Baptist and Vanderbilt team up against cancer.
photograph by Razvanjp | Dreamstime.com
The state of Tennessee is stepping up to the plate to combat cancer with a new partnership between Baptist Memorial Health Care Corporation and Vanderbilt University Medical Center. In October, executives at Baptist announced an agreement with Vanderbilt that will build a comprehensive cancer facility, create new clinical research trials and academic education opportunities, and enhance cancer programs, many of which will be available across Baptist’s 14-hospital system in the tri-state area.
“Baptist conducted a nationwide search for potential partners to expand our cancer research program,” says Jason Little, Executive Vice President and Chief Operating Officer of Baptist. “We looked at everyone from Mayo and Cleveland to Moffitt down in Florida, and we ended up back in Tennessee deciding Vanderbilt was the best match for us. Vanderbilt truly does a fantastic job — they tailor care to meet the individual patient’s needs.” Little goes on to describe the partnership as based in “research, education, genomic study, and clinical trials.”
Vanderbilt-Ingram Cancer Center (VICC) in Nashville is one of two facilities in Tennessee and 41 in the nation to be recognized as a National Cancer Institute-designated Comprehensive Cancer Center. This partnership provides access to clinical research trials and genetic diagnostic tools for Baptist physicians as well as access to tissue banking, collaborative oncology initiatives, and research-based fellowship programs. In turn, Baptist has added nearly 30 oncologists, two Harvard-trained thoracic surgeons, and a breast cancer surgeon to their team of cancer professionals that will facilitate and participate in regional services like community seminars, jointly held disease-specific conferences, public education programs on cancer prevention, and joint application for grants and research funding.
“The physicians and staff get together often with experts [who are] spread out across the state and region, but the care is seamless to the patient for their benefit,” says Little.
In addition to vast opportunities in joint research, educational programming, and clinical trials, the agreement initiated the plans to build a comprehensive cancer center next to the Women’s Hospital on the Baptist campus in Memphis. “We are in the process of building a state-of-the-art cancer center for the Mid-South where patients can have access to comprehensive cancer care under one roof,” says Little. “It will provide multidisciplinary care and a team of physicians to decide the best course of treatment on a case-specific basis.” The facility, originally intended to be built at 1238 and 1280 South Germantown Parkway, changed locations to provide better access to a larger pool of specialists and experts to better treat each patient. Baptist plans to break ground on the facility in spring 2013 with the timeline of being fully operational 18 months later. “The facility is more than the bricks and mortar. It is the physicians, the programming, and research of the entire system working together to provide care that is individualized to the patients with access to state-of-the-art materials,” says Little.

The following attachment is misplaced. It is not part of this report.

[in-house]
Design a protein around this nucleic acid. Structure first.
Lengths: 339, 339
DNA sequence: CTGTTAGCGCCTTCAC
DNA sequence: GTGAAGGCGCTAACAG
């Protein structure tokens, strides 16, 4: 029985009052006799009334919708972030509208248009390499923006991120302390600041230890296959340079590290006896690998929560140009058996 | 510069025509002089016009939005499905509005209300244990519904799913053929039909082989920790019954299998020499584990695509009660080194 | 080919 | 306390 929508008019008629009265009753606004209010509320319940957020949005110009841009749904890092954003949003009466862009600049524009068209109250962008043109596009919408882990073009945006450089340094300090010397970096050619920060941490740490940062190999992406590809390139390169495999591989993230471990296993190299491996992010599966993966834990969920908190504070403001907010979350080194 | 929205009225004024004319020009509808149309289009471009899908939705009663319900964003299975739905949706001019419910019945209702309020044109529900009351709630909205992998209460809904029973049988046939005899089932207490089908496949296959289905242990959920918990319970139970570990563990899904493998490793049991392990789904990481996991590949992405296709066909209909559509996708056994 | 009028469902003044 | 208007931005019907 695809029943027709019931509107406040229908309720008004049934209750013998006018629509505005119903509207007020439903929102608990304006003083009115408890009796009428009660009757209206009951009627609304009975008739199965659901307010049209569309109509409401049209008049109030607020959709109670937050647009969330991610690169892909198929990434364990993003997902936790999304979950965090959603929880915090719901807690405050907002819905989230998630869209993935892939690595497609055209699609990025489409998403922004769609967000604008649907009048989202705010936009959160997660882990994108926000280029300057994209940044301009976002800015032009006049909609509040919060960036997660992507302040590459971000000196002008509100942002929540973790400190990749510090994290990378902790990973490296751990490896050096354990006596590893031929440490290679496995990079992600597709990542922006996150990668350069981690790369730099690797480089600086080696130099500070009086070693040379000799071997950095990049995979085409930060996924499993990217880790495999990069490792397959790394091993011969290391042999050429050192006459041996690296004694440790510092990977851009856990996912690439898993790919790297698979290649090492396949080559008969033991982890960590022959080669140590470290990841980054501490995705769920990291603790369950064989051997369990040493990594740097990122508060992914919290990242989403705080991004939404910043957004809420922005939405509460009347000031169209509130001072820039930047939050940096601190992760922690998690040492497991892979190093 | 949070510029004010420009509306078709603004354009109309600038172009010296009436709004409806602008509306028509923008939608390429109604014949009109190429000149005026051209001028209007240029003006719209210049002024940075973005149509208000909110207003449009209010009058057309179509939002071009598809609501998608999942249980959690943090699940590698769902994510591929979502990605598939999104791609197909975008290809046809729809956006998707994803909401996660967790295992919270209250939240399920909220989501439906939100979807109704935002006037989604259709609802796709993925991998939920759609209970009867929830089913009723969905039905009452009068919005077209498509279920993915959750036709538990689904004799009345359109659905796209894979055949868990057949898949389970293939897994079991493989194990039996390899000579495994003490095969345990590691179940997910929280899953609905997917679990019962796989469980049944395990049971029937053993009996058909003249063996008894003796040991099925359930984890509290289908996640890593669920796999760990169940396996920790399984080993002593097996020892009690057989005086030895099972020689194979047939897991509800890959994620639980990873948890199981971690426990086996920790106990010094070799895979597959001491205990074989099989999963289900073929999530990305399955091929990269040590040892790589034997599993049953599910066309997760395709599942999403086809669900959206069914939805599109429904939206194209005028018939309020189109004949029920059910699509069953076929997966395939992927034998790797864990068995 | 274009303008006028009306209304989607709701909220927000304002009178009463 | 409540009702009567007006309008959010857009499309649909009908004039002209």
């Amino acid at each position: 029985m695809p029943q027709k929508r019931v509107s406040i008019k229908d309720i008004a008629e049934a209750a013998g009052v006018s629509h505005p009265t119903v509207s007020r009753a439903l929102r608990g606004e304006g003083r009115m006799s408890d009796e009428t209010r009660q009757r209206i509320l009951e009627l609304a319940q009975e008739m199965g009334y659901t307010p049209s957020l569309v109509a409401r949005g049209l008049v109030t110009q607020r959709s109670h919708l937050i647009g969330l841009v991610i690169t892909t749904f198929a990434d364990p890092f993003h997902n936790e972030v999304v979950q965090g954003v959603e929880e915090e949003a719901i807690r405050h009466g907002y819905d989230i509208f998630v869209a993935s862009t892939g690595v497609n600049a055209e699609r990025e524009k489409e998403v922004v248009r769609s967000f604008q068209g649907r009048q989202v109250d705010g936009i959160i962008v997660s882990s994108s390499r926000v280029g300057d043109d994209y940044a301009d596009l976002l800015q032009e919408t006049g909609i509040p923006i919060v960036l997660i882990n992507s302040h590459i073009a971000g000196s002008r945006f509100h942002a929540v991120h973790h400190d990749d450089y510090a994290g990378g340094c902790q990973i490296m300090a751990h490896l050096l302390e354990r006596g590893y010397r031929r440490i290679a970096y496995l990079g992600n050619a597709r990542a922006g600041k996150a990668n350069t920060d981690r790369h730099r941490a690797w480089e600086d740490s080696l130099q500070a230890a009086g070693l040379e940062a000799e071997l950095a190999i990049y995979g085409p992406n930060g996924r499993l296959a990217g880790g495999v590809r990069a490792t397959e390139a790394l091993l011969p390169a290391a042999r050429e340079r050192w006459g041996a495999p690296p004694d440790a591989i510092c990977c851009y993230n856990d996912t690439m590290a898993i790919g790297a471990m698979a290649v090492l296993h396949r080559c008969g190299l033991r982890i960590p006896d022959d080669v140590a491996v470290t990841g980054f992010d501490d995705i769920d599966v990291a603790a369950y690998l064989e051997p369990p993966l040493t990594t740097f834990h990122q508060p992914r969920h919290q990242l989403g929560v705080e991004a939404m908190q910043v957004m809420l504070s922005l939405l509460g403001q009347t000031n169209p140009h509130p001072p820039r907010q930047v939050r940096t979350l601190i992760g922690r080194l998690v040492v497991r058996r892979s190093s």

While Vanderbilt and Baptist Health Care systems are undoubtedly strong independently, this unique partnership creates enhanced cancer care that is beneficial for the entire region and the potential for better cancer prevention through cutting-edge research. Little says, “Together we’re stronger. Research will be more robust, not only the latest clinical trials but individualized treatments for our patients.”